The Economist examines whether or not the Geneva conventions and their later protocols are suited to today's conflicts.
Walk the calm, well-heeled streets of Geneva and there seems little to connect this metropolis in neutral Switzerland with the genocidal slaughter in Rwanda and the rape camps of Bosnia in the 1990s, or the appalling violence lately inflicted on civilians caught up in fighting in Darfur, Chad or eastern Congo. Yet decisions taken in Geneva do have an effect, both legal and humanitarian, on people in benighted places-and the world would be much happier if the effect was far greater.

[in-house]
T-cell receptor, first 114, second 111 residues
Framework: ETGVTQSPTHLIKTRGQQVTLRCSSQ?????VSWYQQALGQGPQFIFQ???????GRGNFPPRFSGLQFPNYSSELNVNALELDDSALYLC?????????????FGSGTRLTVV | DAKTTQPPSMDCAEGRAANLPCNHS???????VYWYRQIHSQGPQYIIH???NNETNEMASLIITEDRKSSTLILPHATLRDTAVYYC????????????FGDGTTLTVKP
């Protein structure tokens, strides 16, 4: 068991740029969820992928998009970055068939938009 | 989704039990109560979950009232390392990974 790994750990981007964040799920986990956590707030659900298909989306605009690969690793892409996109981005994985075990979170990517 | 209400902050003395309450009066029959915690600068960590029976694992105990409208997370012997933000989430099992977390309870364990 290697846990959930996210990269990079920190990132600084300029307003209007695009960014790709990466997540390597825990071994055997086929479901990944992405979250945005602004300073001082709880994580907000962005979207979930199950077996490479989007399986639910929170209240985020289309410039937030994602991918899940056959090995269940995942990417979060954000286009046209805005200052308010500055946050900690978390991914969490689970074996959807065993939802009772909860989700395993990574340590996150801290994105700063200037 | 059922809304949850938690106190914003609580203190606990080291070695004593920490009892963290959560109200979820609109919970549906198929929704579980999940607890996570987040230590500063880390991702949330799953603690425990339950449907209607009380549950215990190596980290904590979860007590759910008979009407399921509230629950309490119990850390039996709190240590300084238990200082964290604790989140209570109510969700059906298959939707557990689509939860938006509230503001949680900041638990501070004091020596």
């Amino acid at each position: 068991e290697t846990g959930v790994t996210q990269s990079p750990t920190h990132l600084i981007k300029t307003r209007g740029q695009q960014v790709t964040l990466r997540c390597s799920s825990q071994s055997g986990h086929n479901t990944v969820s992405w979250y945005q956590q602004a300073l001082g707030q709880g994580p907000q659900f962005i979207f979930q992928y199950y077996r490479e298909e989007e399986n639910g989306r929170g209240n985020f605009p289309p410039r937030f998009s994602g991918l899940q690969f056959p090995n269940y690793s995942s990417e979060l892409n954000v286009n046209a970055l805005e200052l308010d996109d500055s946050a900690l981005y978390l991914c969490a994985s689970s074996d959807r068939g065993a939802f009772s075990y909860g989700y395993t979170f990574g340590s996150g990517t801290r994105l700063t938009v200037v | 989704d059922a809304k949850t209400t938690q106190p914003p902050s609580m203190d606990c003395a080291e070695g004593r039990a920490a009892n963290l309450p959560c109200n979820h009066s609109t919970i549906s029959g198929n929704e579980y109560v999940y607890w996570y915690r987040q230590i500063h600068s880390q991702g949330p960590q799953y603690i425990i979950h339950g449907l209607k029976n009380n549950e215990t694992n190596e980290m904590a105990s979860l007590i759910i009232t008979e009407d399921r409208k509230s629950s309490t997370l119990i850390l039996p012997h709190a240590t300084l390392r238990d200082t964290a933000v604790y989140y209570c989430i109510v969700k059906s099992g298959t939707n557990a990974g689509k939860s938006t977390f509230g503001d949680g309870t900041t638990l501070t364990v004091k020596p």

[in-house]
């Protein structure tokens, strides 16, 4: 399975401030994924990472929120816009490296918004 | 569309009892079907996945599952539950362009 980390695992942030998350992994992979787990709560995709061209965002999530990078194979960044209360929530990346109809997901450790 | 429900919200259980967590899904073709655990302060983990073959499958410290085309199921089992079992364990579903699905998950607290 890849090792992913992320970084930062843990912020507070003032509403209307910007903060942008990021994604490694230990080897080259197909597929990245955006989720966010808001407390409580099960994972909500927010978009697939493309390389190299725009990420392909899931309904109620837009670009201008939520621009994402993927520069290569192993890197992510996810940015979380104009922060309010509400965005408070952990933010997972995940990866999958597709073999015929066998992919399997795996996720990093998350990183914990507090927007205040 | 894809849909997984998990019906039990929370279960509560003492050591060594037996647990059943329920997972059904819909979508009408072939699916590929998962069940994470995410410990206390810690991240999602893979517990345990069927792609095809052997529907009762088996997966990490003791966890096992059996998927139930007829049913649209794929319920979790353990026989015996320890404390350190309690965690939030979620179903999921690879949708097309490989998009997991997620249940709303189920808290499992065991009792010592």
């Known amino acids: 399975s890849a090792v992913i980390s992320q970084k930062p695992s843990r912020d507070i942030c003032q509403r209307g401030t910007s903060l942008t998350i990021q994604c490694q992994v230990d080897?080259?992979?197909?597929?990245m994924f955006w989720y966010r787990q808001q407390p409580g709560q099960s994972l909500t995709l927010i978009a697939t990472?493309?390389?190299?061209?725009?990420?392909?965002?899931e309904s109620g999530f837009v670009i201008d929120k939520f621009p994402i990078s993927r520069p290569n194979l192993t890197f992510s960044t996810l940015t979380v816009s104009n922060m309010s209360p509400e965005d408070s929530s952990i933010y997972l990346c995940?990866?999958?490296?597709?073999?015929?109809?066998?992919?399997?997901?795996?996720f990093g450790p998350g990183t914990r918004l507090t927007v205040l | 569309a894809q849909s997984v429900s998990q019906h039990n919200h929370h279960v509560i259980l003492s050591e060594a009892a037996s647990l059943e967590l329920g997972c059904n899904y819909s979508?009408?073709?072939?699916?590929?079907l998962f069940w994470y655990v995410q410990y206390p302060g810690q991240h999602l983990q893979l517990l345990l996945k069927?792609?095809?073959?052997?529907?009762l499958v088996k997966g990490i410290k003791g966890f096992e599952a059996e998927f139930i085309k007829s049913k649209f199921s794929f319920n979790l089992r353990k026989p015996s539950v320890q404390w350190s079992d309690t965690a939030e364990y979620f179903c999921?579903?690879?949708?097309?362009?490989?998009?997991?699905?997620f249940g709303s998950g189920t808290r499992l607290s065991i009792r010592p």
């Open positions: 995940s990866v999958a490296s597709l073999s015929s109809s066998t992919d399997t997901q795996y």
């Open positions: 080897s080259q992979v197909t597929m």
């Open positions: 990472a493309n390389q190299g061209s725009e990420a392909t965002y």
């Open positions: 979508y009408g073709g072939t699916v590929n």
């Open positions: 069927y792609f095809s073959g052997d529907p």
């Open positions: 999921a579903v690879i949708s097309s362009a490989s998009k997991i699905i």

The city is the UN's humanitarian hub, headquarters to both its refugee and human-rights agencies. More memorably, though, it lends its name to a clutch of conventions, adopted six decades ago this month, initially with the horrors of two world wars in mind. Those agreements still form a bedrock for the laws of war and the protection of non-combatants.